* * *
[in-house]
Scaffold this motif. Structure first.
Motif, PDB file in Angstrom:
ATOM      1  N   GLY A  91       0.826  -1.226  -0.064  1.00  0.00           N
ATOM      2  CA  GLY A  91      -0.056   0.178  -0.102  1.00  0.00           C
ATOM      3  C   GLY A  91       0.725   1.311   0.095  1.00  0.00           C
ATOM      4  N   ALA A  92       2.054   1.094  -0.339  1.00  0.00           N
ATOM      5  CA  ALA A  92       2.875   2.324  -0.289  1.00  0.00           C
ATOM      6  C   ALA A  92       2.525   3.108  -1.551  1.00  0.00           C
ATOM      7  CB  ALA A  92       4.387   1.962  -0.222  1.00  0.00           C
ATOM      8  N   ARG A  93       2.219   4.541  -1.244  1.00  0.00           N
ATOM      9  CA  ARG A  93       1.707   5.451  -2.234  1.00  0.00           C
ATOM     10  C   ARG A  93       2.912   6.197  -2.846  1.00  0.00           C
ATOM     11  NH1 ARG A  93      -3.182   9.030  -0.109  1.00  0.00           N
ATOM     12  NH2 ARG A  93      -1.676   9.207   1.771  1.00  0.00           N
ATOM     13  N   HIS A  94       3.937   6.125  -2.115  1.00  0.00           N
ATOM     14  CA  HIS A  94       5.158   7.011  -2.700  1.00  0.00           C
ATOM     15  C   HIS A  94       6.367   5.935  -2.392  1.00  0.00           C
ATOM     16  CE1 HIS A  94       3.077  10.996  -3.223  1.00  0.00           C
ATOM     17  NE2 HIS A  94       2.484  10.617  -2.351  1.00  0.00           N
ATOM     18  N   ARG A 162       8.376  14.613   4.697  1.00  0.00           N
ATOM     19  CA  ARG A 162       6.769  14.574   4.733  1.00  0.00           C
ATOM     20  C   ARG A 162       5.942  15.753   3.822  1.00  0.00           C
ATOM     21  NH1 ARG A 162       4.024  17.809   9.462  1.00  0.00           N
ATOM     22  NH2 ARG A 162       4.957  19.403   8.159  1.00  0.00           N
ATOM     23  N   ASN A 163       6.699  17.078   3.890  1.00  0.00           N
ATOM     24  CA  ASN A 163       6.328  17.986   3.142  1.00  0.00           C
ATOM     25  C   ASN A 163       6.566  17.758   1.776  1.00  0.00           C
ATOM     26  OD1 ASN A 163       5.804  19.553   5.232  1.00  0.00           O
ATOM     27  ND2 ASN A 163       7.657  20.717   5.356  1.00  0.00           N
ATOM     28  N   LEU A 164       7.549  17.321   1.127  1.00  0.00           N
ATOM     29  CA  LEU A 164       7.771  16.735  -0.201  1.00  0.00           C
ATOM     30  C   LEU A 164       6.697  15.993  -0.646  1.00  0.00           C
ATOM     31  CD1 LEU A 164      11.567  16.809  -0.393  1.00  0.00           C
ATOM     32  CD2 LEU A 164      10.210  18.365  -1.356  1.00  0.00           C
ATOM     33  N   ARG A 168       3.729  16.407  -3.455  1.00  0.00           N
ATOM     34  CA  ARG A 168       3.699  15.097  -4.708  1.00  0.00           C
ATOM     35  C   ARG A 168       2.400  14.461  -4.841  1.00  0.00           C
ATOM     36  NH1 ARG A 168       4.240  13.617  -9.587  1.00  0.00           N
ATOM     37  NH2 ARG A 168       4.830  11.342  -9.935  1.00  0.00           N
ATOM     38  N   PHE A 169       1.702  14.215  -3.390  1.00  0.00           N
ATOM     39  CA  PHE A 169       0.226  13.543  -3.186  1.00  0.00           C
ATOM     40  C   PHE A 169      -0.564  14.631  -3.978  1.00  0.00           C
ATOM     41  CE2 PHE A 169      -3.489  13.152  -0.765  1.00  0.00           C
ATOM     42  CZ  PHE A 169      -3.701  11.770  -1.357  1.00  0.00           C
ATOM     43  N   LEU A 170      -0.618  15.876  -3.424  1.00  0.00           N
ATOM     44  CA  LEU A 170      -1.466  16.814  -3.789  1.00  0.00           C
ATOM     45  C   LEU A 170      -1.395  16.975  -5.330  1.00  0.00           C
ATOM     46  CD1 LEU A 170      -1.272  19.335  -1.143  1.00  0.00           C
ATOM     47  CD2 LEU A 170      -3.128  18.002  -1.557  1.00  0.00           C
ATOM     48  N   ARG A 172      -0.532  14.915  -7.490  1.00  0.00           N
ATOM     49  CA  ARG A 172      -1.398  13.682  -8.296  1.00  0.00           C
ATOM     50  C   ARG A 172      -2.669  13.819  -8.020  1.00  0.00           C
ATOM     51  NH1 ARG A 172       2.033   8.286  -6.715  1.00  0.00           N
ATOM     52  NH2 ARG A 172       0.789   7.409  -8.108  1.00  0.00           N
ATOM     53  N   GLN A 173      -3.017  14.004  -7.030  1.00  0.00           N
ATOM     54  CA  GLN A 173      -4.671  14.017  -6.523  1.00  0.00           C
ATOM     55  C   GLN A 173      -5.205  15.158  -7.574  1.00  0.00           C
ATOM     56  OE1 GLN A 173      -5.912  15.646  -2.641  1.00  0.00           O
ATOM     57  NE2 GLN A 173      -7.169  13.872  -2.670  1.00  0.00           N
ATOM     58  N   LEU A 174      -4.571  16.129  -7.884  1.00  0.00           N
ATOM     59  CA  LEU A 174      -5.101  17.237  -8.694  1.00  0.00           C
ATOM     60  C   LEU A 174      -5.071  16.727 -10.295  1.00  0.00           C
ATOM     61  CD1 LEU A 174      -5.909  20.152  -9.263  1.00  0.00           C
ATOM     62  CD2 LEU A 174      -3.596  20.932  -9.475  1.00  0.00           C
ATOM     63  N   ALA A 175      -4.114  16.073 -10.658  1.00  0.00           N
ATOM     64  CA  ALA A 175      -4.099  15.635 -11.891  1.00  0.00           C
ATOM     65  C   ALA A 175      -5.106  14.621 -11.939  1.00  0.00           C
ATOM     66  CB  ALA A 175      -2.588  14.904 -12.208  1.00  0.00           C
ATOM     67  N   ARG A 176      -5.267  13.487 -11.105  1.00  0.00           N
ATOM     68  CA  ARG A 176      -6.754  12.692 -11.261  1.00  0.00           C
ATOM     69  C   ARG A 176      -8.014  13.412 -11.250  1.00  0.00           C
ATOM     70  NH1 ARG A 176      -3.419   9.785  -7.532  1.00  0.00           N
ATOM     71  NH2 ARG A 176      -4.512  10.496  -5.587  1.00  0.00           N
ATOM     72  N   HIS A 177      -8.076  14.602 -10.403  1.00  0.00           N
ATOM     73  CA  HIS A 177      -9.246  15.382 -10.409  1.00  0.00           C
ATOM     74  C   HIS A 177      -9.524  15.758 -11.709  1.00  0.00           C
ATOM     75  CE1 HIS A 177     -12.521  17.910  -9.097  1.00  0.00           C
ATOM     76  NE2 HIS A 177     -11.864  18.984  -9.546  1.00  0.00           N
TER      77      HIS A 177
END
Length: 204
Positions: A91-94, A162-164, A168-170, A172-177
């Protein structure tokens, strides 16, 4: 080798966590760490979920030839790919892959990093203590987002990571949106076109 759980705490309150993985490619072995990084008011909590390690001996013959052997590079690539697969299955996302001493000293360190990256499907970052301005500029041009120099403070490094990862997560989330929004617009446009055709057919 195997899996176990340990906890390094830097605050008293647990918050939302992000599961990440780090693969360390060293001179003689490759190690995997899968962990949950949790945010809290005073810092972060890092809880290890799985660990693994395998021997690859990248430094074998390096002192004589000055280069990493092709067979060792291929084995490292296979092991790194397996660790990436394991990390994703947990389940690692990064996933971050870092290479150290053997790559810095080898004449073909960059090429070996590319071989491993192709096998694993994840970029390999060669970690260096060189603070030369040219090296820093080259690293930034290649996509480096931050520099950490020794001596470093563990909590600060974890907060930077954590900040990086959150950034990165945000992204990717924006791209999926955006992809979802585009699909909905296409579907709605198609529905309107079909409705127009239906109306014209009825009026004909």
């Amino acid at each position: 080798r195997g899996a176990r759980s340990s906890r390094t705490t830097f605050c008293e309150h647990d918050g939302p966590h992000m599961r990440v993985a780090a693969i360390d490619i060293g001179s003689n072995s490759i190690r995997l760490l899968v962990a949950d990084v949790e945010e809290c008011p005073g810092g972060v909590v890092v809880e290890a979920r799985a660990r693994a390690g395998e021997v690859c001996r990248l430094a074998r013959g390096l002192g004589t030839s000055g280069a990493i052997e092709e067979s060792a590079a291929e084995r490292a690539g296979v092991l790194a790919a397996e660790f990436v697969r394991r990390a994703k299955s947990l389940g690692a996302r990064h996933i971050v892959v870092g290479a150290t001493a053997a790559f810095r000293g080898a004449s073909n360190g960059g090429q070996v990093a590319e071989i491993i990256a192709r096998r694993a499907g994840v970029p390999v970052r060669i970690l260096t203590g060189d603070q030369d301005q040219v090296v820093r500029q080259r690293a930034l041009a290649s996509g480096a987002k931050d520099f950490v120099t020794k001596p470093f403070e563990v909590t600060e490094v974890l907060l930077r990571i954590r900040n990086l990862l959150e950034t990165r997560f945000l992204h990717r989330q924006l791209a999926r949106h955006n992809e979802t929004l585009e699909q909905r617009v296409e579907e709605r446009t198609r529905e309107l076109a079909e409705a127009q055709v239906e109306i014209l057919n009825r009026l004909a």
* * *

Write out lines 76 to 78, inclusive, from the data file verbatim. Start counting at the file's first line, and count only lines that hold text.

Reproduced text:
ATOM     73  CA  HIS A 177      -9.246  15.382 -10.409  1.00  0.00           C
ATOM     74  C   HIS A 177      -9.524  15.758 -11.709  1.00  0.00           C
ATOM     75  CE1 HIS A 177     -12.521  17.910  -9.097  1.00  0.00           C